'Don Quijote de la Mancha'
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This paper reviews the life of Miguel de Cervantes Saavedra, born 1547 in Alcala de Henares, Spain and how he used his experiences to write the book 'Don Quijote de la Mancha'. According to the paper, while the old fashioned ideals of chivalry, romance and aristocratic justice were steadily becoming hackneyed in burgeoning renaissance Spain, Cervantes took out his pen and wrote the relished story of 'Don Quixotes', the vivacious man from La Mancha whose imagination was as wild as the embraced socio-cultural history of the nation.
From the Paper:"This lackluster punctuation of daily duty was of no surprise to Cervantes, whose own personal histories were none too different. After the publication of his first literary work, "Serenisima Reina En Quien Se Halla," dedicated to the birth of Phillip II's second daughter, Cervantes spent his young years under the tutelage of Diego de Urbina aboard the royal Marquesa. In 1571, Cervantes was ill with malaria when his ship was attacked, and imbued with the same raptured infatuation for antiquarian ideals of nobility, he stood valiantly strong with his shipmates. "Cervantes is stricken with malaria but, in spite of high fevers, fights heroically from the bow of the ship, in the 'greatest moment that past centuries have seen and which those to come have no hope of seeing." At the battle of Lepanto, the event was less colorful; he was an injured, low-ranking shipman with little hope for career advancement and the ideals of a hero less applicable in the reality of a fighter struggling for one side in a bloody role for national cultural definition."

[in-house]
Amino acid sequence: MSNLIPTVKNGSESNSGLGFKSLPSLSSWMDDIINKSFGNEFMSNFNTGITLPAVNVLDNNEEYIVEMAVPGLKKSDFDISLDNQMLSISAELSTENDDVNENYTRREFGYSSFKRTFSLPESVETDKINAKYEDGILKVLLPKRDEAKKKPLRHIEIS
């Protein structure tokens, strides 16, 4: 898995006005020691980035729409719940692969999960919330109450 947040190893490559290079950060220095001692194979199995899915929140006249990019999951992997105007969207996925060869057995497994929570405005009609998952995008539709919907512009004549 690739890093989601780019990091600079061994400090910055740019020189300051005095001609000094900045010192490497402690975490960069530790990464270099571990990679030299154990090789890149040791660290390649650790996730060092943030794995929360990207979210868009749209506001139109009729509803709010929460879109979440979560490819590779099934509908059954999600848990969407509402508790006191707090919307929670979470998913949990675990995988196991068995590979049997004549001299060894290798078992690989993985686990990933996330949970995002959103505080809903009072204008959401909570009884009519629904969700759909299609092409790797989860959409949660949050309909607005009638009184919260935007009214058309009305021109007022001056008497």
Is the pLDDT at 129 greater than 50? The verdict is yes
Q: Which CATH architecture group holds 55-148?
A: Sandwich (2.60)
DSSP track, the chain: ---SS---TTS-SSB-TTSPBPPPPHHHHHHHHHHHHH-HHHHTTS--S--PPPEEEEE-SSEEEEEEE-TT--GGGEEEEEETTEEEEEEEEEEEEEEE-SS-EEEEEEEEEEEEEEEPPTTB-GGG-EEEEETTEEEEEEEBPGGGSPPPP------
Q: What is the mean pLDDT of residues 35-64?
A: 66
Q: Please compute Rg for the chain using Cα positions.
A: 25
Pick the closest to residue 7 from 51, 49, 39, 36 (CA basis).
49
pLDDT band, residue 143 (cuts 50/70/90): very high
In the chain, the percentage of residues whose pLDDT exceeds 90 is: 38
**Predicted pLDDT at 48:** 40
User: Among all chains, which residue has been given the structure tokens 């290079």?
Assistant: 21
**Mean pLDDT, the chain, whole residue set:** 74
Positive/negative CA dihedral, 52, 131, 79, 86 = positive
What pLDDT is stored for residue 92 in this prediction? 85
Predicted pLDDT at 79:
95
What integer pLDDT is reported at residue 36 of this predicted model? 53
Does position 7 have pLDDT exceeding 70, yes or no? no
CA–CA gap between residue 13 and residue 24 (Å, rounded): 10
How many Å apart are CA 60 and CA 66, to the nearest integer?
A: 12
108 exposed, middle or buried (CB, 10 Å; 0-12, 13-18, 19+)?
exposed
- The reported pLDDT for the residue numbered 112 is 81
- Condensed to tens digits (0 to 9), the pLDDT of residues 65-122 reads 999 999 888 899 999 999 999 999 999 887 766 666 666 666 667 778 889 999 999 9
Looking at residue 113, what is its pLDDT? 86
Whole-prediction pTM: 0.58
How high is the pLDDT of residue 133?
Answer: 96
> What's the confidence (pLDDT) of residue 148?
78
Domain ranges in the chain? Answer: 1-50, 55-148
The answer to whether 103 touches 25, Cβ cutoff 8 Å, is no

Cite this Book Review:
'Don Quijote de la Mancha' (2007, February 12) Retrieved February 28, 2021, from https://www.academon.com/book-review/don-quijote-de-la-mancha-92073/
"'Don Quijote de la Mancha'" 12 February 2007. Web. 28 February. 2021. <https://www.academon.com/book-review/don-quijote-de-la-mancha-92073/>